On January 20, during the first visit by a Russian defence minister to Iran since 2002, Defence Minister Sergey Shoygu signed a memorandum of understanding with his Iranian counterpart Hossein Dehghan. The scope of the MoU between Iran and Russia covers a broad range of military and security affairs binding the two countries, including military training and joint maneuvers; cooperation on regional and global security; and the combat of what the agreement calls “terrorism, extremism and separatist tendencies”. Iranian-aligned media channels in the region were quick to call this deal the growth of a “strategic alliance” between Tehran and Moscow, and reported on the details of the military hardware allegedly included in the agreement, such as the hand-over of previously withheld S-300 missile batteries as well as the upgrading of MiG-29 and Sukhoi-24 aircrafts; the sale of spare parts and engines for these jets; and the provision of the more modern Sukhoi-30 fighter jets. Kremlin-aligned media, equally playing up the significance of the visit, spoke of “shared interests” that tie Iran to Russia.
Strategic Alliance, or a Transient Meeting of Interests?
The prominence attributed to Shoygu’s visit reflects the mission’s strategic endeavor, at a time when both countries face Western pressure—Iran in its ongoing negotiations with the West over its nuclear program, and Russia as a result of the Ukrainian crisis. Yet, calling the recently concluded agreement a strategic shift in relations between the two countries might be premature, Russian-Iranian relations having long been plagued by mutual suspicion and a lack of trust.
For decades, the Russians have managed to use Iran as a bargaining chip in their complex relationship with the West. Russia, has in fact sided with Western powers on all of the major UN Security Council resolutions related to Tehran's nuclear program, including UNSC Resolutions 1737 (2006), 1747 (2007), 1803 (2008) and 1929 (2010). Iranian-Russian relations have soured on numerous occasions. In 2010, Moscow refused to honor a sale of the S-300 defensive missile system, despite Iran's payment of the US$ 800 million price tag, prompting Iran to resort to the Paris-based International Court of Arbitration for redress and seeking $4 billion in damages from the Russians. There was also Russia’s longstanding decline to service Iran's fleet of submarines, which would have given it increased operational maneuverability in the Gulf and the Indian Ocean. In addition, the way in which Russia dragged its heels over the construction and servicing of Iran's Bushehr nuclear facility—another pawn in Russian dealings with the West—is yet another side to a long history of disappointment that sustains a strong current of suspicion amongst a number of Iranian decision-makers who do not trust Moscow and who remain cautious about over-reliance on the Russians.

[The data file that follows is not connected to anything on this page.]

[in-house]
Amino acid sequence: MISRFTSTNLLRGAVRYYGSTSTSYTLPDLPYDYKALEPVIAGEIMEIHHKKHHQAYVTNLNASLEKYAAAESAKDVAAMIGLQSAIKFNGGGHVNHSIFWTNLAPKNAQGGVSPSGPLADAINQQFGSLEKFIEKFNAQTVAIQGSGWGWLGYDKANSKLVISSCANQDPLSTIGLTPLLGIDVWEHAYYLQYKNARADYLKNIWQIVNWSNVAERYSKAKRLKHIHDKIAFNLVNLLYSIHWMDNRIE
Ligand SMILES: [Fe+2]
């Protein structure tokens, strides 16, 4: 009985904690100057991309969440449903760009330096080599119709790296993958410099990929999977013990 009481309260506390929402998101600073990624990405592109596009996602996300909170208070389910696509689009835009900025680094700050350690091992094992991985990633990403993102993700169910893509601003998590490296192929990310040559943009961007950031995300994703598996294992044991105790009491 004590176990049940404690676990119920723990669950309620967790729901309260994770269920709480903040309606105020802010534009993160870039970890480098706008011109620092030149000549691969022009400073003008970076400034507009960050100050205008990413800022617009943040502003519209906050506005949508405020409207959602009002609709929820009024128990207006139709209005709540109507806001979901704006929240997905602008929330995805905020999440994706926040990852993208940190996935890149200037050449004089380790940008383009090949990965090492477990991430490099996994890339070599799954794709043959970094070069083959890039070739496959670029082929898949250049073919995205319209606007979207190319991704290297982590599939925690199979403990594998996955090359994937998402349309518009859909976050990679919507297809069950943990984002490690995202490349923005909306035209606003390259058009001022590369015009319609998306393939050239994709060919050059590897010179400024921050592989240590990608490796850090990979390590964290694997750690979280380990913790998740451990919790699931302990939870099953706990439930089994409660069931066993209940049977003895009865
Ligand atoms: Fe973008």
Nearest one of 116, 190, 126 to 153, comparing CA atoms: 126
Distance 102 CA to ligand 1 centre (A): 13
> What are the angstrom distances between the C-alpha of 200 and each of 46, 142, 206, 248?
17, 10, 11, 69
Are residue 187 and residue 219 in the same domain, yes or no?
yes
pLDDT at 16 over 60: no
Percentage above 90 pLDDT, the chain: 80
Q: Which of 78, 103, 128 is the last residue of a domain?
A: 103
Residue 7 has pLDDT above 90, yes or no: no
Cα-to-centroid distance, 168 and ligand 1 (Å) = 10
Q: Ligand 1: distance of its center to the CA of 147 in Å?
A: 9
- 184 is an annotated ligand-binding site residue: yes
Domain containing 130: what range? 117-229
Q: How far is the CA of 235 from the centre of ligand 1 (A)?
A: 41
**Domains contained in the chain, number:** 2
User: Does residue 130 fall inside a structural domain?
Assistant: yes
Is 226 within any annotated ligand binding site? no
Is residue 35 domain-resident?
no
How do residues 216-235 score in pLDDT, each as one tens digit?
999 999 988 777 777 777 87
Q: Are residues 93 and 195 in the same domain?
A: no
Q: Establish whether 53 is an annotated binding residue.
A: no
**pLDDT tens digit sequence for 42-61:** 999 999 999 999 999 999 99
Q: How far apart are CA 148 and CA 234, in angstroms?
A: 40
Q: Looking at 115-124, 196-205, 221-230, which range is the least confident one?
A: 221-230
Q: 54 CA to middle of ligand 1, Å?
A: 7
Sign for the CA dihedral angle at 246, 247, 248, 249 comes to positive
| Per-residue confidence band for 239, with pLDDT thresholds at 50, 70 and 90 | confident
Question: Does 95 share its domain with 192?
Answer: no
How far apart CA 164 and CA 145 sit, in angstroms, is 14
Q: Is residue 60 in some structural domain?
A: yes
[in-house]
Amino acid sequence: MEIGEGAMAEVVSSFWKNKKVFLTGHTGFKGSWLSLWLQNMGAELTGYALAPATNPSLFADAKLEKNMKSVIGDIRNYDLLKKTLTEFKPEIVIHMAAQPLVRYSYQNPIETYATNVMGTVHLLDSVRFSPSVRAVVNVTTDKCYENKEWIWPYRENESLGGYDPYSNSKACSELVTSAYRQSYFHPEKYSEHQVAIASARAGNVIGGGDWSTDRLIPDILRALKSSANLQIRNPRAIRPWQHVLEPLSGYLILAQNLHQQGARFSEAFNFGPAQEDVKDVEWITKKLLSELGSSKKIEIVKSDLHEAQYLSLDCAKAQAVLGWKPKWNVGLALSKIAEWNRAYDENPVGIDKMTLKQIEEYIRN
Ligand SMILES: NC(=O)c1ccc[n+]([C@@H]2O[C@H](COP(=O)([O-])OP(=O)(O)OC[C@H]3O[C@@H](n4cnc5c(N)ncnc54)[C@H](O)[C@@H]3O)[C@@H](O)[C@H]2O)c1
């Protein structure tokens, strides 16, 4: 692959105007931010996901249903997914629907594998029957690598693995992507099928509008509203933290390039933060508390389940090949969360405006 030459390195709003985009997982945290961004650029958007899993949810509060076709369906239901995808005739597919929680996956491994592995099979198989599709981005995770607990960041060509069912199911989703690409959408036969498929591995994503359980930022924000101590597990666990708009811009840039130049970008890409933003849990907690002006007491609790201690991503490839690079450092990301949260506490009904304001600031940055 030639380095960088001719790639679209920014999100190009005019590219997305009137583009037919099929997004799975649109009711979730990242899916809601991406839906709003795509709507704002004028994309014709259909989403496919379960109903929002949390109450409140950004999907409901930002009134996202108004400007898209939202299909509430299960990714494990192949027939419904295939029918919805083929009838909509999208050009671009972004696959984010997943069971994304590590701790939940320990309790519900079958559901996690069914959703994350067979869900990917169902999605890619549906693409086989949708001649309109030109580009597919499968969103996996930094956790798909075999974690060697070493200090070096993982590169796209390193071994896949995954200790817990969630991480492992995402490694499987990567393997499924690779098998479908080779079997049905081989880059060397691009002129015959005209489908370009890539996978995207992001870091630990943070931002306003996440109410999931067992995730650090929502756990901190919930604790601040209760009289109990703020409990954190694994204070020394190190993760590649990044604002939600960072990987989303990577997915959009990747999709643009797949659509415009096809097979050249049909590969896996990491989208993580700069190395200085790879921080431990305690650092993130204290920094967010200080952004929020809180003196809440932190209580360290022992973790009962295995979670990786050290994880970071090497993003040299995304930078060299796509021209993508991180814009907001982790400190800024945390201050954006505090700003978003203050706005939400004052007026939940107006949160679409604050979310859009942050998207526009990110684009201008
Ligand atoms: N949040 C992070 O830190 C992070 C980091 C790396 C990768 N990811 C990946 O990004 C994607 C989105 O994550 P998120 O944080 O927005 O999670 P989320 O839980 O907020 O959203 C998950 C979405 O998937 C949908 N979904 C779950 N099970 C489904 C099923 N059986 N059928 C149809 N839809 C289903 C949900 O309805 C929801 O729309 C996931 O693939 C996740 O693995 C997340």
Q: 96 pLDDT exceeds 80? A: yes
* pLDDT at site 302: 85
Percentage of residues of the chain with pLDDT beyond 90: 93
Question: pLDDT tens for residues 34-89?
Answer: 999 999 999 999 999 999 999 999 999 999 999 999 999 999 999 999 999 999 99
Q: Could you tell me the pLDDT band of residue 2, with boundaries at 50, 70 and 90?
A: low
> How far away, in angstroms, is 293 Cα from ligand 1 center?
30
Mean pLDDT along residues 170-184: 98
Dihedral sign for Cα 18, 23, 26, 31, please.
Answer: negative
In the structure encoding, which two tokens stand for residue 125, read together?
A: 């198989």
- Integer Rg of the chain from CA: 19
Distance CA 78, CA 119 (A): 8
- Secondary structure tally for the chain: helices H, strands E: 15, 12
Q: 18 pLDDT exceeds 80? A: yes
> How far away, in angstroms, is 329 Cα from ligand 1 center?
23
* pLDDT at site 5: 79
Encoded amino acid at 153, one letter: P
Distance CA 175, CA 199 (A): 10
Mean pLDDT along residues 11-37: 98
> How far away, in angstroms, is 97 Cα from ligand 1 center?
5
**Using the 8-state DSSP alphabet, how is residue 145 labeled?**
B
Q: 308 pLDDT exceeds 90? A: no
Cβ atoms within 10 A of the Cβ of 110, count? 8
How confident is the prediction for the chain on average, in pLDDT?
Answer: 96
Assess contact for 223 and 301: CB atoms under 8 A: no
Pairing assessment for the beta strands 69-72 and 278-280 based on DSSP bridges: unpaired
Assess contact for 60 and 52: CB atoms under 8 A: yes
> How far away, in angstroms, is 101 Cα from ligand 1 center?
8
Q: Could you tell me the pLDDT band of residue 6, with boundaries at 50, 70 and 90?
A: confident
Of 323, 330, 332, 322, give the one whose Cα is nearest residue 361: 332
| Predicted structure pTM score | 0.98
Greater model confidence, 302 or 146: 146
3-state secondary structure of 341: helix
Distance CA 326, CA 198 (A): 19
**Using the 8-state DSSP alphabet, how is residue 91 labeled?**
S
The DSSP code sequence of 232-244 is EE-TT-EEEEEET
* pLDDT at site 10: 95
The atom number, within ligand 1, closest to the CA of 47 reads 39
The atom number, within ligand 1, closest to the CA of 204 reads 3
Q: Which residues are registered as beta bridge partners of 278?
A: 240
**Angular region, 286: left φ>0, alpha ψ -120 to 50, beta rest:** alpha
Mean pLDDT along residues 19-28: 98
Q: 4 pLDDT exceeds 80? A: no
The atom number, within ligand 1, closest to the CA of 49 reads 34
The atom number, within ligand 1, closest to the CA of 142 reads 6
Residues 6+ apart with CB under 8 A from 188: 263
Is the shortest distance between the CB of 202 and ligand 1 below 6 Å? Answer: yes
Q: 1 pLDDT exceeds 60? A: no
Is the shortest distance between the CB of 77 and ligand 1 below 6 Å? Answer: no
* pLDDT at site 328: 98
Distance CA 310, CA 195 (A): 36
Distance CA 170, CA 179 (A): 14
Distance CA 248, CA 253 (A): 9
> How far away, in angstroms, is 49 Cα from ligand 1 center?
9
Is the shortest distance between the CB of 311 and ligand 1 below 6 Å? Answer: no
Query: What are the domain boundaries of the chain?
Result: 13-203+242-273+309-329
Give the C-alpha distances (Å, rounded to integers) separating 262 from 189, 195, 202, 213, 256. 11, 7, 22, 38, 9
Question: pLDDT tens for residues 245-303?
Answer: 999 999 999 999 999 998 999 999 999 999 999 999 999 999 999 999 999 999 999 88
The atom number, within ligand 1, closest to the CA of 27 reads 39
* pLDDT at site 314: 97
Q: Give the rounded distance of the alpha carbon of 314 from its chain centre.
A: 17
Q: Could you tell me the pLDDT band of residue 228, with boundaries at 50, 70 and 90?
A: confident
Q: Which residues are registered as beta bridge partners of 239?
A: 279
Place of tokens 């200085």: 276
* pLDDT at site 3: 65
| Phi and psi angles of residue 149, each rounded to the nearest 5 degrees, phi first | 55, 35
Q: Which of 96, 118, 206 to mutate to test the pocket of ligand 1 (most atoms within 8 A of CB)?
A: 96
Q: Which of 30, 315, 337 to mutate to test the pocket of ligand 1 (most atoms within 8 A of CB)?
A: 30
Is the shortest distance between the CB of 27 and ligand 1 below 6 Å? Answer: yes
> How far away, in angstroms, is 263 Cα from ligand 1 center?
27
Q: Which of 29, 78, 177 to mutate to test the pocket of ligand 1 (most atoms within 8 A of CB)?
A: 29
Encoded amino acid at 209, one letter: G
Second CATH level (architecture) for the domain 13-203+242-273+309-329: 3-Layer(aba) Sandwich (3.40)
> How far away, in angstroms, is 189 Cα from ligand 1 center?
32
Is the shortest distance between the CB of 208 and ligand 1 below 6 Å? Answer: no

For its part, Russia has had its own misgivings about Iranian policies, particularly when it came to Iranians possessing nuclear weapons, abundantly made clear at last year's Non-Proliferation Conference hosted by Moscow. There is also the widespread belief amongst Russian officials that Iran will not think twice to abandon its new found loyalty to Russia as soon as expanded scope for cooperation with the West, particularly with the United States, becomes possible. In particular, it is unlikely Russia will forget the way it was kept in the dark over the secret negotiations between Iran and the United States, mediated and hosted by the Sultanate of Oman. Paving the way for the Geneva Interim Agreement on the Iranian Nuclear Program, these talks form part of a growing trend towards Iranian-American bi-lateral negotiations that sit outside the framework of the P5+1 talks, a trend which Russia is anxious about. Russia must also be worried about Iran's ambitions to become a main supplier of energy to Europe, knowing fully well that energy supplies are a major incentive for the West to arrive at a resolution for the Iranian nuclear issue.